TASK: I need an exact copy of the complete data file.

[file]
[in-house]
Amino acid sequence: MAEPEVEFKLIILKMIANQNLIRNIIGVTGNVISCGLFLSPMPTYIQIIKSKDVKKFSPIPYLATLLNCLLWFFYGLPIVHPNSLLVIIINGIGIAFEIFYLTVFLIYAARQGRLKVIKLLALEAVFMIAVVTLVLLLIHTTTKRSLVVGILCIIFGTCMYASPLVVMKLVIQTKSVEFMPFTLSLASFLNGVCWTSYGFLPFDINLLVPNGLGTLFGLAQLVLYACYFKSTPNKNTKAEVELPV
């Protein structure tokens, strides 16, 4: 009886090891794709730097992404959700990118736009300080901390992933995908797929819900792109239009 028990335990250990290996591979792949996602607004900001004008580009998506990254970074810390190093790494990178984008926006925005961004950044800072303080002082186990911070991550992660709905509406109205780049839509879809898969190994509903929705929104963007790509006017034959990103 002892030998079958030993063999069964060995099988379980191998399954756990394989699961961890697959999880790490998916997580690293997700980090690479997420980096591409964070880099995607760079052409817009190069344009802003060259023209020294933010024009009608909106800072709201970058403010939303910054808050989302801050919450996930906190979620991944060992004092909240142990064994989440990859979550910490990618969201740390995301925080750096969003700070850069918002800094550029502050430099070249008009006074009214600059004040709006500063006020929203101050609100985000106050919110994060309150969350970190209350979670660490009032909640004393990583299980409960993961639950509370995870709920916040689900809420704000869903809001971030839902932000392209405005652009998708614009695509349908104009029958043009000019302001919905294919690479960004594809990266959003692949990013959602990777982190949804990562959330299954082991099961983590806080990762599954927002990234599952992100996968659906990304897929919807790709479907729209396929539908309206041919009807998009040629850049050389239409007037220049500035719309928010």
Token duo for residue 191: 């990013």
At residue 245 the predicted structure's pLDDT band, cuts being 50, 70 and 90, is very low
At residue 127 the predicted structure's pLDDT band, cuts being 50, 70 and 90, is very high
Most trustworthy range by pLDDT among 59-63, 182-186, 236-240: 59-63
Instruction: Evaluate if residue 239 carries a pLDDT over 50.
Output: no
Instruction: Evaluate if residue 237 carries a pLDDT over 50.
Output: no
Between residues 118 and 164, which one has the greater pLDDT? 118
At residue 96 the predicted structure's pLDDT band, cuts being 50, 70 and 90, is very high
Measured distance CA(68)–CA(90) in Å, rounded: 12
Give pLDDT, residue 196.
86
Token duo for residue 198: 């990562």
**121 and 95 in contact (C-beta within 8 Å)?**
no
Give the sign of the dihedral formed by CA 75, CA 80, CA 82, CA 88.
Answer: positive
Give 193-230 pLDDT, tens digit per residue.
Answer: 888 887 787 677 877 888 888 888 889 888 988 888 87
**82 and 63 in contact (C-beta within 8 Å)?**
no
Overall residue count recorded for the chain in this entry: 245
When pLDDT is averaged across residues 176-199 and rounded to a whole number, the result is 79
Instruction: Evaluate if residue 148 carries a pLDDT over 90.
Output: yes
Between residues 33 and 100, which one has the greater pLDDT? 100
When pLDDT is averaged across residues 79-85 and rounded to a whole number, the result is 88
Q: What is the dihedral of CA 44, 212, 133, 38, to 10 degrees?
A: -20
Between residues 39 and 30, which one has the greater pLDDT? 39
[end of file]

[in-house]
Amino acid sequence: MAEPEVEFKLIILKMIANQNLIRNIIGVTGNVISCGLFLSPMPTYIQIIKSKDVKKFSPIPYLATLLNCLLWFFYGLPIVHPNSLLVIIINGIGIAFEIFYLTVFLIYAARQGRLKVIKLLALEAVFMIAVVTLVLLLIHTTTKRSLVVGILCIIFGTCMYASPLVVMKLVIQTKSVEFMPFTLSLASFLNGVCWTSYGFLPFDINLLVPNGLGTLFGLAQLVLYACYFKSTPNKNTKAEVELPV
């Protein structure tokens, strides 16, 4: 009886090891794709730097992404959700990118736009300080901390992933995908797929819900792109239009 028990335990250990290996591979792949996602607004900001004008580009998506990254970074810390190093790494990178984008926006925005961004950044800072303080002082186990911070991550992660709905509406109205780049839509879809898969190994509903929705929104963007790509006017034959990103 002892030998079958030993063999069964060995099988379980191998399954756990394989699961961890697959999880790490998916997580690293997700980090690479997420980096591409964070880099995607760079052409817009190069344009802003060259023209020294933010024009009608909106800072709201970058403010939303910054808050989302801050919450996930906190979620991944060992004092909240142990064994989440990859979550910490990618969201740390995301925080750096969003700070850069918002800094550029502050430099070249008009006074009214600059004040709006500063006020929203101050609100985000106050919110994060309150969350970190209350979670660490009032909640004393990583299980409960993961639950509370995870709920916040689900809420704000869903809001971030839902932000392209405005652009998708614009695509349908104009029958043009000019302001919905294919690479960004594809990266959003692949990013959602990777982190949804990562959330299954082991099961983590806080990762599954927002990234599952992100996968659906990304897929919807790709479907729209396929539908309206041919009807998009040629850049050389239409007037220049500035719309928010």
Token duo for residue 191: 């990013």
At residue 245 the predicted structure's pLDDT band, cuts being 50, 70 and 90, is very low
At residue 127 the predicted structure's pLDDT band, cuts being 50, 70 and 90, is very high
Most trustworthy range by pLDDT among 59-63, 182-186, 236-240: 59-63
Instruction: Evaluate if residue 239 carries a pLDDT over 50.
Output: no
Instruction: Evaluate if residue 237 carries a pLDDT over 50.
Output: no
Between residues 118 and 164, which one has the greater pLDDT? 118
At residue 96 the predicted structure's pLDDT band, cuts being 50, 70 and 90, is very high
Measured distance CA(68)–CA(90) in Å, rounded: 12
Give pLDDT, residue 196.
86
Token duo for residue 198: 């990562």
**121 and 95 in contact (C-beta within 8 Å)?**
no
Give the sign of the dihedral formed by CA 75, CA 80, CA 82, CA 88.
Answer: positive
Give 193-230 pLDDT, tens digit per residue.
Answer: 888 887 787 677 877 888 888 888 889 888 988 888 87
**82 and 63 in contact (C-beta within 8 Å)?**
no
Overall residue count recorded for the chain in this entry: 245
When pLDDT is averaged across residues 176-199 and rounded to a whole number, the result is 79
Instruction: Evaluate if residue 148 carries a pLDDT over 90.
Output: yes
Between residues 33 and 100, which one has the greater pLDDT? 100
When pLDDT is averaged across residues 79-85 and rounded to a whole number, the result is 88
Q: What is the dihedral of CA 44, 212, 133, 38, to 10 degrees?
A: -20
Between residues 39 and 30, which one has the greater pLDDT? 39